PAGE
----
So (surprise, surprise) only a few of companies have the financial stamina to handle years of procurement processes.

    And as for that "In depth experience" that such outfits usually boast about their most useful asset is their phone book of specialist contractors or SME's that can actually do the work.

    Does the UK Govt have the skills to partition systems into more manageable pieces. Who knows.

  12. Jason 24

    Don't the NHS have...

    A nice shiny new system which allows them to order IT equipment with ease, cost us a few billion, can't everyone else borrow this?

    Oh wait....

  13. Anonymous Coward
    Anonymous Coward

    Same throughout the public sector

    The whole of the public sector is like this.

    I run an SME consultancy and we were interested in tendering for a recent university contract as it was right in our specialist area. Unfourtunately the PreQualification Questionnaire was enormous asking you to essentially design and cost the whole thing, from a bunch of generic contradictory buzz word requirements. While also wanting you to send all your financials; CVs of every possible team member; details of every project you've ever worked on for the last X years etc. etc. etc. just so you can have a chance of being shortlisted for the next stage!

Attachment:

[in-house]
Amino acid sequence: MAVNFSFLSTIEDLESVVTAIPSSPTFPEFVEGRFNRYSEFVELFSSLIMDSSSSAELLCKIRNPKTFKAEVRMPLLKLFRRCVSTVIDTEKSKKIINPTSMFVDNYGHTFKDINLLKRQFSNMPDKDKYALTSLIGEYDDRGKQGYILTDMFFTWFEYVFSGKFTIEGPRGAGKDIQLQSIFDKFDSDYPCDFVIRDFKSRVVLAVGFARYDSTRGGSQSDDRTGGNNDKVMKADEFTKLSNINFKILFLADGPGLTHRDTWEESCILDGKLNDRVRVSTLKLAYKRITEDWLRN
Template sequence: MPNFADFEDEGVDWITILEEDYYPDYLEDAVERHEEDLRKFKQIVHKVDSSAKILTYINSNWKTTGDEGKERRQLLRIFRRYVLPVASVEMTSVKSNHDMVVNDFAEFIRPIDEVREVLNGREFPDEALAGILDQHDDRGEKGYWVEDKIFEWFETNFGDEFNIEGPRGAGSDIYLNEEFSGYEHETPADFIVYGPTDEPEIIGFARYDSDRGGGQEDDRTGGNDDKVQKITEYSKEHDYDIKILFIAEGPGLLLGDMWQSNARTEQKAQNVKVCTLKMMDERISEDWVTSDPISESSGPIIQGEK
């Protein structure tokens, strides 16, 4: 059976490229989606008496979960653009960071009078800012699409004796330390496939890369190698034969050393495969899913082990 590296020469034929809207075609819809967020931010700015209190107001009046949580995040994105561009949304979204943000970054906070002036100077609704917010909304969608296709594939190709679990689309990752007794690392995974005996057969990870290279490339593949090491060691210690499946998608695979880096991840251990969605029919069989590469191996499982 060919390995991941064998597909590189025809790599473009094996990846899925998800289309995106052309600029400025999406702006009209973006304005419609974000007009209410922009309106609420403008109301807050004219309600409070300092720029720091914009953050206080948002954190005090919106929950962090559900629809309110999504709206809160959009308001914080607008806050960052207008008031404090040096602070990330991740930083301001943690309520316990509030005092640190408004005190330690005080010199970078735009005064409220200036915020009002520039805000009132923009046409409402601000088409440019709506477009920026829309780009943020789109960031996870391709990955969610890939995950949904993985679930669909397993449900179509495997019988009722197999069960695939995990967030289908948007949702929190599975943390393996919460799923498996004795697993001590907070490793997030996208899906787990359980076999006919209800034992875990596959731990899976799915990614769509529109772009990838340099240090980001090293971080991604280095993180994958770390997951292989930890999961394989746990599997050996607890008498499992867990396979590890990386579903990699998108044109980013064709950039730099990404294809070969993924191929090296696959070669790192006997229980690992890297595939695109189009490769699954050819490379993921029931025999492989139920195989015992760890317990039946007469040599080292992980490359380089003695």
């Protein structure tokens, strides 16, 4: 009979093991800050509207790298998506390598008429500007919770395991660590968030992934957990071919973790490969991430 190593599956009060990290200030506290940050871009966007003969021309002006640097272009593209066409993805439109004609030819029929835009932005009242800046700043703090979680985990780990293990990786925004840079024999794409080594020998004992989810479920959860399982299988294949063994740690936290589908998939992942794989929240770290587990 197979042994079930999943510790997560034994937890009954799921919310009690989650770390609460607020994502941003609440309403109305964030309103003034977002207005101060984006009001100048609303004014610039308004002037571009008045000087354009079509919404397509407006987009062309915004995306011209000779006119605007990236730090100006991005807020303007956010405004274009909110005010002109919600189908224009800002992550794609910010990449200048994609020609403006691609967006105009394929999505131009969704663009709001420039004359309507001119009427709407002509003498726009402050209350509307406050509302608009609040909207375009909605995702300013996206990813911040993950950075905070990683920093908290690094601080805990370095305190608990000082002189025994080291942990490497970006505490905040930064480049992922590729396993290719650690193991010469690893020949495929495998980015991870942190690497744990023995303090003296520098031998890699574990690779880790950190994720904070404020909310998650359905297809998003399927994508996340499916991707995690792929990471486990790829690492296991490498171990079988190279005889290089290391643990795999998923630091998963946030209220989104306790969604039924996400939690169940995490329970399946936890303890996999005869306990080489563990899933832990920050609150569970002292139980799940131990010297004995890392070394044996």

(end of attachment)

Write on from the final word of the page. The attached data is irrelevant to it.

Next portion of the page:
We even had the nerve to ask for some clarification on the generic requirements only to be given short shrift with a "All the information required to tender is in the PQQ". Needless to say we declined to spend a week filling in a tender on the off chance and moved on to do some real business with real customers you can actually discuss a requirement with.